13. Disposition, metabolism and histone deacetylase and acetyltransferase inhibition activity of tetrahydrocurcumin and other curcuminoids.
Novaes JT, Lillico R, Sayre CL, Nagabushnam K, Majeed M, Chen Y,Ho EA, Oliveira ALP, Martinez SE, Alrushaid S, Davies NM, Lakowski TM. Pharmaceutics. 2017 Oct 12;9(4). (IF=6.525)

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Tetrahydrocurcumin (THC), curcumin and calebin-A are curcuminoids found in turmeric (Curcuma longa). Curcuminoids have been established to have a variety of pharmacological activities and are used as natural health supplements. The purpose of this study was to identify the metabolism, excretion, antioxidant, anti-inflammatory and anticancer properties of these curcuminoids and to determine disposition of THC in rats after oral administration. We developed a UHPLC-MS/MS assay for THC in rat serum and urine. THC shows multiple redistribution phases with corresponding increases in urinary excretion rate. In-vitro antioxidant activity, histone deacetylase (HDAC) activity, histone acetyltransferase (HAT) activity and anti-inflammatory inhibitory activity were examined using commercial assay kits. Anticancer activity was determined in Sup-T1 lymphoma cells. Our results indicate THC was poorly absorbed after oral administration and primarily excreted via non-renal routes. All curcuminoids exhibited multiple pharmacological effects in vitro, including potent antioxidant activity as well as inhibition of CYP2C9, CYP3A4 and lipoxygenase activity without affecting the release of TNF-α. Unlike curcumin and calebin-A, THC did not inhibit HDAC1 and PCAF and displayed a weaker growth inhibition activity against Sup-T1 cells. We show evidence for the first time that curcumin and calebin-A inhibit HAT and PCAF, possibly through a Michael-addition mechanism.

12. Clofibrate attenuates ROS production by lipid overload in cultured rat hepatoma cells.
Chen Y, Li W, Wang GQ, Burczynski FJ. J Pharm Pharm Sci. 2017;20(0):239-251. (IF=2.33)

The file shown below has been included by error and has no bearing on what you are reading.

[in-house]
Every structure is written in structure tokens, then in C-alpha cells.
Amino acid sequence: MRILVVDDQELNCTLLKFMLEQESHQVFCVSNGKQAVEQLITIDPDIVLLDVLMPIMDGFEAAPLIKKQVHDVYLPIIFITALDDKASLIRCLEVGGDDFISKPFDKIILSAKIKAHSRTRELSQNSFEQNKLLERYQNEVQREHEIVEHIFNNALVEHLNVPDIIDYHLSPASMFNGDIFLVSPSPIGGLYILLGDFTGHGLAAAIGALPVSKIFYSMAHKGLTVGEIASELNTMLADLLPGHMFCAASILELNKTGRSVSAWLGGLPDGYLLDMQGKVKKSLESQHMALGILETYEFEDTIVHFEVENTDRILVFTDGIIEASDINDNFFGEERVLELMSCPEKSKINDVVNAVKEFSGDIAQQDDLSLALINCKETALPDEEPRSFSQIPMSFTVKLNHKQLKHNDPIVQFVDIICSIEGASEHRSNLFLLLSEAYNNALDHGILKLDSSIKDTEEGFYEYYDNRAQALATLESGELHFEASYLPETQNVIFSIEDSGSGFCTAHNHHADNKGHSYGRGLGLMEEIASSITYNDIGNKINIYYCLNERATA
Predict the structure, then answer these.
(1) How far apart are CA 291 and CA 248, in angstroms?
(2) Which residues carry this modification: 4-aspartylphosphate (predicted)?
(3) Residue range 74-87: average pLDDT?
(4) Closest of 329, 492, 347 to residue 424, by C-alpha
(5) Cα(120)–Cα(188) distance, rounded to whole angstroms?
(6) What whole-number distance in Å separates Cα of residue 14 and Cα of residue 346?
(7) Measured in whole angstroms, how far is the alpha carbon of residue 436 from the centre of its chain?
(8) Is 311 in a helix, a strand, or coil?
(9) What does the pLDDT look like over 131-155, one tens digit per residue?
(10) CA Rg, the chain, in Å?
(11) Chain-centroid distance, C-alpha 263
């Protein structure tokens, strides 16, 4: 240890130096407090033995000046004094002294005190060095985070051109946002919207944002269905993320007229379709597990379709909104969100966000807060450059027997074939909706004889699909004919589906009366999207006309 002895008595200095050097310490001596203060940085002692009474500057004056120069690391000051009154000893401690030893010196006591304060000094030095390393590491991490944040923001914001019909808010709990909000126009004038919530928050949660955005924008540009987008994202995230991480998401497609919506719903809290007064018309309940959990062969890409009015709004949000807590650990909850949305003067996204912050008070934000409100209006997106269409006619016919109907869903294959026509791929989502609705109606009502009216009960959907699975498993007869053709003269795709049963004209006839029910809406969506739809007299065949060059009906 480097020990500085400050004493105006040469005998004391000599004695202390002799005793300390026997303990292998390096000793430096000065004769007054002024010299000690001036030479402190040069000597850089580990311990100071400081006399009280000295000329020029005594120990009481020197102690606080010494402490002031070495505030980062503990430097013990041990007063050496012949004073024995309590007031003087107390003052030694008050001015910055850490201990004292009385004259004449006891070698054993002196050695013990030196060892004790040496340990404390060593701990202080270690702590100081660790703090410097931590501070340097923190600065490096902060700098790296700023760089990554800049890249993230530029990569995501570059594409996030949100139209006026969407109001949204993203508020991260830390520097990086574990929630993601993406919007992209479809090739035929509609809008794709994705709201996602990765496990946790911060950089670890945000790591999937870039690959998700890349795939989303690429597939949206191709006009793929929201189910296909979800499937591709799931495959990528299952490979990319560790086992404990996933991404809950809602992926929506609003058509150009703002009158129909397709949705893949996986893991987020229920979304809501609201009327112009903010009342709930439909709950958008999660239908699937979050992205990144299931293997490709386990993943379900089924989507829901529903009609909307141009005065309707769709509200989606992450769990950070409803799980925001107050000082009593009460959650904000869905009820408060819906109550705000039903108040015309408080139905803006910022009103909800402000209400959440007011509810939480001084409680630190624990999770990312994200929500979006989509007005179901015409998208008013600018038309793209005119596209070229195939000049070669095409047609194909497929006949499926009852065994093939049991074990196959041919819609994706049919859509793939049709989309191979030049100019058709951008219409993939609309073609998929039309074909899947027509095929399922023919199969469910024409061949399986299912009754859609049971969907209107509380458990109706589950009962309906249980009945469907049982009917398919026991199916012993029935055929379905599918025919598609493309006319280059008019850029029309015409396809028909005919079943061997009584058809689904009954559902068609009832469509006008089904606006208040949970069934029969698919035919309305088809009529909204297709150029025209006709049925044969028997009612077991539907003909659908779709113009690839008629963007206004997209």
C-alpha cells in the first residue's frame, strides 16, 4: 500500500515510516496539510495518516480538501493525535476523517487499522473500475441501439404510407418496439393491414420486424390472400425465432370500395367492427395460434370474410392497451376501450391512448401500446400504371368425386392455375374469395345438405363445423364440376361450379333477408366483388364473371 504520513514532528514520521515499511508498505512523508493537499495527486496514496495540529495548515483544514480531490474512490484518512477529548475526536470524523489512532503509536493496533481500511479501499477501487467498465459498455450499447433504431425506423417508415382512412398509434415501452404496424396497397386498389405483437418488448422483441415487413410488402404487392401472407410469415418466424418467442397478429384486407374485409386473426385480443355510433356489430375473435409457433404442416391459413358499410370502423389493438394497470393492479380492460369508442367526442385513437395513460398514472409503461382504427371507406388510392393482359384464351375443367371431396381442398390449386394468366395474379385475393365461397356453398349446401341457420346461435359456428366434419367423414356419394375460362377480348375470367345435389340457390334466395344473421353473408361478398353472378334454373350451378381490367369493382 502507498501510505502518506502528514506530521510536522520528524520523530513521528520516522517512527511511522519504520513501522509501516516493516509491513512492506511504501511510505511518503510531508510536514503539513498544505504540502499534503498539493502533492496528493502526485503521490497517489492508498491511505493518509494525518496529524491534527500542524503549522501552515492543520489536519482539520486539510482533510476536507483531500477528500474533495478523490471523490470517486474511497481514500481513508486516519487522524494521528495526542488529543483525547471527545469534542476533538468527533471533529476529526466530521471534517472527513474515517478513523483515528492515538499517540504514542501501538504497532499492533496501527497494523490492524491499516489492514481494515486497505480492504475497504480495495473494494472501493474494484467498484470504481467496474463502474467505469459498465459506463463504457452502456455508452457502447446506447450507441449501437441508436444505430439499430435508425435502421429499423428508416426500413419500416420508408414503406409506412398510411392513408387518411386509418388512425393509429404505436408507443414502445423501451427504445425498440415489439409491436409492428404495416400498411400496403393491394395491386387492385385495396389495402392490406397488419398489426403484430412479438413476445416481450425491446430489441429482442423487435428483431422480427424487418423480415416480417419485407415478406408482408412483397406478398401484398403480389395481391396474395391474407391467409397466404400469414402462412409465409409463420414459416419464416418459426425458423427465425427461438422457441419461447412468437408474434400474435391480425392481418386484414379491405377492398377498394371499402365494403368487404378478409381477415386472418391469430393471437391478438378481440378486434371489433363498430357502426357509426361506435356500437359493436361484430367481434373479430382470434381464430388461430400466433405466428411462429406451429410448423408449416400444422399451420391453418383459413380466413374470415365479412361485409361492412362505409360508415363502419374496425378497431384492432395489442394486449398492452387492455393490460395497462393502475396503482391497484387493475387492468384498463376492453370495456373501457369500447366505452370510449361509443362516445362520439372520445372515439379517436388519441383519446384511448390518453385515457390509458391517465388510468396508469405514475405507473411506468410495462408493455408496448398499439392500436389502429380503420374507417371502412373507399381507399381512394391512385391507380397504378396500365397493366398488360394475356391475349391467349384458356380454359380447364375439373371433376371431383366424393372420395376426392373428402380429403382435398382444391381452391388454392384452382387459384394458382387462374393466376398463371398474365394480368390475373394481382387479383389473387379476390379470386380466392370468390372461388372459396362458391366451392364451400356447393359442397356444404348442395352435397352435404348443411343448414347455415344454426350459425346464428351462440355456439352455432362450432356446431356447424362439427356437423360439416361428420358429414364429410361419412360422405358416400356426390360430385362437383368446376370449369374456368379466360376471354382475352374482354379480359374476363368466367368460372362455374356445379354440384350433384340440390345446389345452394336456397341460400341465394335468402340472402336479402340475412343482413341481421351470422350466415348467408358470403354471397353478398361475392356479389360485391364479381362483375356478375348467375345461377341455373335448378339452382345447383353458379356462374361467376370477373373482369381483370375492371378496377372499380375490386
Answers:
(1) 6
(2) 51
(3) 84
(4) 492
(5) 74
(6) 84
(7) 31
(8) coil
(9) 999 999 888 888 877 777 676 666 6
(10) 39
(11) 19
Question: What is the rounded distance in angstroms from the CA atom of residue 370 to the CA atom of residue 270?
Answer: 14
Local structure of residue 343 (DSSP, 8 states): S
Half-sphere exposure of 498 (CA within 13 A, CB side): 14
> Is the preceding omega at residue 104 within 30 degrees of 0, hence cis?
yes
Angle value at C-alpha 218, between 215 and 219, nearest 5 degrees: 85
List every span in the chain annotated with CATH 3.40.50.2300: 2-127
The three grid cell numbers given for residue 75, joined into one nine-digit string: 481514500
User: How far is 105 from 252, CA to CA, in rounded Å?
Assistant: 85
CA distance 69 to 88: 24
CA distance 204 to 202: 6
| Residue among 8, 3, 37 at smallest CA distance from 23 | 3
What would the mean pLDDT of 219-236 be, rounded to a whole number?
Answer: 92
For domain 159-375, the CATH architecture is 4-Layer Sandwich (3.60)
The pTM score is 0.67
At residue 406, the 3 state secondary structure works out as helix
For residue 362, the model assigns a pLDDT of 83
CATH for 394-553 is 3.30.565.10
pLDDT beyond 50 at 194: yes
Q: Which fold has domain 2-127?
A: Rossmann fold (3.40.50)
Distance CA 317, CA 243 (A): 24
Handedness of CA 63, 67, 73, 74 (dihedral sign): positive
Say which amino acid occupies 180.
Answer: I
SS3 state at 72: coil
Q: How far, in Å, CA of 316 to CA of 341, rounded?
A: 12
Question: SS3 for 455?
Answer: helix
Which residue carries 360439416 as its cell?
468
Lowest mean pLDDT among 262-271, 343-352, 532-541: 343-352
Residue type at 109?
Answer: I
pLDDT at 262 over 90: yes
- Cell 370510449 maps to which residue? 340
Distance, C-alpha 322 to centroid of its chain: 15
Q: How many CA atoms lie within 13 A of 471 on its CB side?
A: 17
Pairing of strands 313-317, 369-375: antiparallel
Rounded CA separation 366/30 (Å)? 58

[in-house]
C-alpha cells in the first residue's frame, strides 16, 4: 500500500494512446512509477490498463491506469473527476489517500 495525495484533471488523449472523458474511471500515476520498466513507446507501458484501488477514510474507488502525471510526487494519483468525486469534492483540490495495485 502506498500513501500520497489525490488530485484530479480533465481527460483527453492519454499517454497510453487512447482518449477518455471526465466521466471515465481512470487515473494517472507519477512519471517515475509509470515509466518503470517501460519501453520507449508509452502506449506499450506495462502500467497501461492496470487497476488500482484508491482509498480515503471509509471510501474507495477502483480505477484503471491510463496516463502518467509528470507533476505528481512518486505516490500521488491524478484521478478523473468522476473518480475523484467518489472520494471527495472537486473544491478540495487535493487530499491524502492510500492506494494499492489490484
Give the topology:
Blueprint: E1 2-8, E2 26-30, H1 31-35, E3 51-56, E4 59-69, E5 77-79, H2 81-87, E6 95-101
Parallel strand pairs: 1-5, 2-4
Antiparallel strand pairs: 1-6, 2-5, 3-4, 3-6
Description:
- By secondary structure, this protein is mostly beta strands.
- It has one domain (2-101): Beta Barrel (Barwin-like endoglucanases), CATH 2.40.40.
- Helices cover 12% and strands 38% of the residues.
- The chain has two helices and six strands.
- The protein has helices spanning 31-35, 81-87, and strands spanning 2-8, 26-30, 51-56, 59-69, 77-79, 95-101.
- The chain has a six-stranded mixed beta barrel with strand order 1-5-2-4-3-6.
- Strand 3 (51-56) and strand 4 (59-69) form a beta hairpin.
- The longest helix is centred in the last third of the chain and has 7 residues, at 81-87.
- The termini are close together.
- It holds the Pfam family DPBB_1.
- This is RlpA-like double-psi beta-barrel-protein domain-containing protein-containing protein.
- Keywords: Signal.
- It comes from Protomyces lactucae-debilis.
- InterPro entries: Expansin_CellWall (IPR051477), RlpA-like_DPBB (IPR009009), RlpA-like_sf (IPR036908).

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PURPOSE: To investigate the effect of clofibrate on inducing liver fatty acid binding protein (FABP1) following a high-fat load in a hepatocyte cell culture model. METHODS: Rat hepatoma cells (CRL-1548) were treated with a fatty acid (FA) mixture consisting of oleate:palmitate (2:1) in the presence of 3% albumin. Cells were treated with 0, 0.5, 1, 2, or 3 mM FA for 24 and 48 hr, or further treated with 500 µM clofibrate (CLO) to induce FABP1 levels. Cytotoxicity was determined using the WST-1 assay. Intracellular lipid droplets were quantitated following staining with Nile Red. Dichlorofluorescein (DCF) was used to assess the extent of intracellular reactive oxygen species (ROS). RESULTS: Cell viability decreased (p < 0.01) with an increase in lipid concentration. Intracellular lipid droplets accumulated significantly (p < 0.001) with an increase in long-chain fatty acid load, which was associated with a statistical increase (p < 0.05) in ROS levels. Early clofibrate treatment showed significant increases in intracellular FABP1 levels with significant decreases in ROS levels (p < 0.05). Silencing FABP1 expression using siRNA revealed that FABP1 was the main contributor for the observed intracellular ROS clearance. CONCLUSIONS: Characteristic cellular damage resulted from released ROS following a high fat load to hepatoma cells. The damage was attenuated through early treatment with clofibrate, which may act as a hepatoprotectant by inducing FABP1 expression and in this manner, suppress intracellular ROS levels.